All photos by: Christina Johnson with Christina J Photo // @ChristinaJ_Photography

Hair Credit: Sarah Stidham Beauty, 

Makeup Credit: Heather N Artistry,

Hi Friends! Some of you already know about my health story, but I figured I’d make it official and document it here for anyone to read. It’s a long story over a long period of time and although I thought I had all of the answers, I’m realizing that this story continues to develop over time. Hopefully if you read this story and have questions about the things you’re going through it will help shine some light. Before I dive into my decade long story, I wanted to share a new blog topic that I will be sharing pretty regularly, but even before that I should give you a couple tidbits of information:

  • Celiac disease is an autoimmune disease in which eating foods that contain the protein gluten—found in wheat, barley, and rye—causes damage to your small intestine. It has a wide range of potential symptoms. People who have untreated celiac disease often cannot absorb nutrients from their food, and this can lead to serious health complications, such as malnutrition, osteoporosis, infertility, and even cancer. Fortunately, the damage caused by celiac disease often can be reversed once you’ve been diagnosed and begin following a gluten-free diet, which is the only current treatment for the condition.” [Source: Verywell Health online article]
    • Symptoms include, but are not limited to: Diarrhea and/or constipation (sometimes alternating), Bloating, Abdominal pain, Fatigue, Headaches (including migraines), Skin conditions (including the so-called “gluten rash” dermatitis herpetiformis), Anxiety, Depression, etc.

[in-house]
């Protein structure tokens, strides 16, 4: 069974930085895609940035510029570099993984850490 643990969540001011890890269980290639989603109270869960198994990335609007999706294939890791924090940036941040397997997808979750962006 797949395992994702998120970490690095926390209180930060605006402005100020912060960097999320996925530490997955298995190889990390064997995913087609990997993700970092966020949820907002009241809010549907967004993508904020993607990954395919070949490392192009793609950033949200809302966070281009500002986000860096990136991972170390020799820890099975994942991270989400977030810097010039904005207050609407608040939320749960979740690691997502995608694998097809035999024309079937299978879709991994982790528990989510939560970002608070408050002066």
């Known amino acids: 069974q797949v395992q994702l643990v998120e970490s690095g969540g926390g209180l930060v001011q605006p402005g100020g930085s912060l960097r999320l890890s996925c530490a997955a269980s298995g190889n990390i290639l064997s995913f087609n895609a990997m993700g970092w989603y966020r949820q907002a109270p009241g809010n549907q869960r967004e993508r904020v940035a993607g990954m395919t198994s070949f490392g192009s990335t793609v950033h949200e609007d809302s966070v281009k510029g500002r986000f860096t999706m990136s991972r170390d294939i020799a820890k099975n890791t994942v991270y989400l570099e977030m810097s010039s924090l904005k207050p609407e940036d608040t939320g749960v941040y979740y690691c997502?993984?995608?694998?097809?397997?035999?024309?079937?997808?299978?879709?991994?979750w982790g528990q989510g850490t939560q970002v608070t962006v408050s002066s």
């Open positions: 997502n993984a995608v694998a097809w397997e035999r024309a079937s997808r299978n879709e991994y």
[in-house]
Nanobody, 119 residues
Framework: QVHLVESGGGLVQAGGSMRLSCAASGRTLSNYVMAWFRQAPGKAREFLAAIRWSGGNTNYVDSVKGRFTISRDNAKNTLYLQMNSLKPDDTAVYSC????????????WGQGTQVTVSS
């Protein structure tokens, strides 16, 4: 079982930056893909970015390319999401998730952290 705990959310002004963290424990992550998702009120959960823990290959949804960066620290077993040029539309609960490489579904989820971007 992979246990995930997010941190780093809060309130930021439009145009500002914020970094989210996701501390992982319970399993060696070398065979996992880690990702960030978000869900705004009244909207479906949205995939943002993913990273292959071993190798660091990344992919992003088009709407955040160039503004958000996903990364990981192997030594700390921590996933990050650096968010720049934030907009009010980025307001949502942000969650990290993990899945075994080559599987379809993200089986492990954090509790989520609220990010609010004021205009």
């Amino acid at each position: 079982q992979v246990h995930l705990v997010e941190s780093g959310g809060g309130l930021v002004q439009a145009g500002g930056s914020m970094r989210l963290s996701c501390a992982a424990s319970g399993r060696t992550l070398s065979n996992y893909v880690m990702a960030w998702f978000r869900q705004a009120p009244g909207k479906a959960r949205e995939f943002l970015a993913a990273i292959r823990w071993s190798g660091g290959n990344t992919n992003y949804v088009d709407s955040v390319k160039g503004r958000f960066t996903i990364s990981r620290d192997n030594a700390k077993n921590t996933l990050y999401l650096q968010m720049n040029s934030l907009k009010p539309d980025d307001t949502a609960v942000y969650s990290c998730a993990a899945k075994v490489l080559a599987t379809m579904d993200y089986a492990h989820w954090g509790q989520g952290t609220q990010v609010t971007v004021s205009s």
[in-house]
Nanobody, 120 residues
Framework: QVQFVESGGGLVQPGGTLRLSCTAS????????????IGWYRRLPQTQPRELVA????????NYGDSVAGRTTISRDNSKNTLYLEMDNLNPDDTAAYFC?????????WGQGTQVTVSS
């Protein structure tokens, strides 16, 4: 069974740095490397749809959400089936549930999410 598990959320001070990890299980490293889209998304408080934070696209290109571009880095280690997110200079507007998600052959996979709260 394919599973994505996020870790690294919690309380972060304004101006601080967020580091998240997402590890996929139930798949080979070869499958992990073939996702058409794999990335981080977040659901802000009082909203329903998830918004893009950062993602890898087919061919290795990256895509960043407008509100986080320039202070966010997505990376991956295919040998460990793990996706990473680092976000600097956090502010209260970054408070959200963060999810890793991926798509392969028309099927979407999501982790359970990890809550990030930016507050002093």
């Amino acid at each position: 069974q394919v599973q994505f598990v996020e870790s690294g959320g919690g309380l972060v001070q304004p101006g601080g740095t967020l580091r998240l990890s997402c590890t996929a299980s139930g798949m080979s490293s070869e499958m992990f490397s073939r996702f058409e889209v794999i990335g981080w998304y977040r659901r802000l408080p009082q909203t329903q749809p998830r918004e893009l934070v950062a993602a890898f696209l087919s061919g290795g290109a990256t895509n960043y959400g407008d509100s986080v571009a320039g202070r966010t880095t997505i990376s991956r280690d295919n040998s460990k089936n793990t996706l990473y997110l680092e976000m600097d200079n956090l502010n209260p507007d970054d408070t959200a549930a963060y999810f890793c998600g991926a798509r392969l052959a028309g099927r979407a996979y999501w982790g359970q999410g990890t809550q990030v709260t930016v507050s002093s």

• Hypothyroidism is a condition in which the thyroid gland is not able to produce enough thyroid hormone. Since the main purpose of thyroid hormone is to “run the body’s metabolism,” it is understandable that people with this condition will have symptoms associated with a slow metabolism.” [Source: Endocrine Web online article]
    • Symptoms include, but are not limited to: Fatigue, Weakness, Weight gain or increased difficulty losing weight, Coarse dry hair, Dry rough pale skin, Hair loss, Cold intolerance (you can’t tolerate cold temperatures like those around you), Muscle cramps and frequent muscle aches, Constipation, Depression, Irritability, Memory loss, Abnormal menstrual cycles, Decreased libido, etc.


Since I’ve had at least a 10-year relationship with gluten issues, I figured it’s a big enough part of my life that I should share! My Gluten Free Diary will be focused on more informational and knowledge-based findings through this new journey of mine. There’s a lot that goes into it and it’s a lot to remember. Even if you don’t suffer from celiac disease, there will still be some great tips that anyone can incorporate into their own lifestyle if they truly want to. Some of the most impactful findings I’ve learned this far are:

  • Gluten Contamination at Restaurants or Home – A good friend of mine, who also suffers from celiac’s disease, shared a story of how she went to Barros pizza regularly for a personal gluten free pizza. Shortly after eating this pizza that she’s had many times before, she became violently ill with gluten flu (vomiting, fever, skin symptoms, constipation, insomnia/brain fog, etc.) She was out of commission for over 24-hours and learned that unless you tell the restaurant that you have a gluten allergy, they often times will not clear off the counters, oven, prep space, etc. for a gluten free order. She has also given herself gluten flu by using the toaster oven at her house after her non-gluten free family members used it. Moral of the story is that it only takes trace amounts of gluten to impact you. If you’re trying to get better or figure out if you have a reaction, why allow gluten to sneak in and mess everything up?! Think about the next time you get a burger, remove the bun and eat the rest – you’re not doing yourself any favors!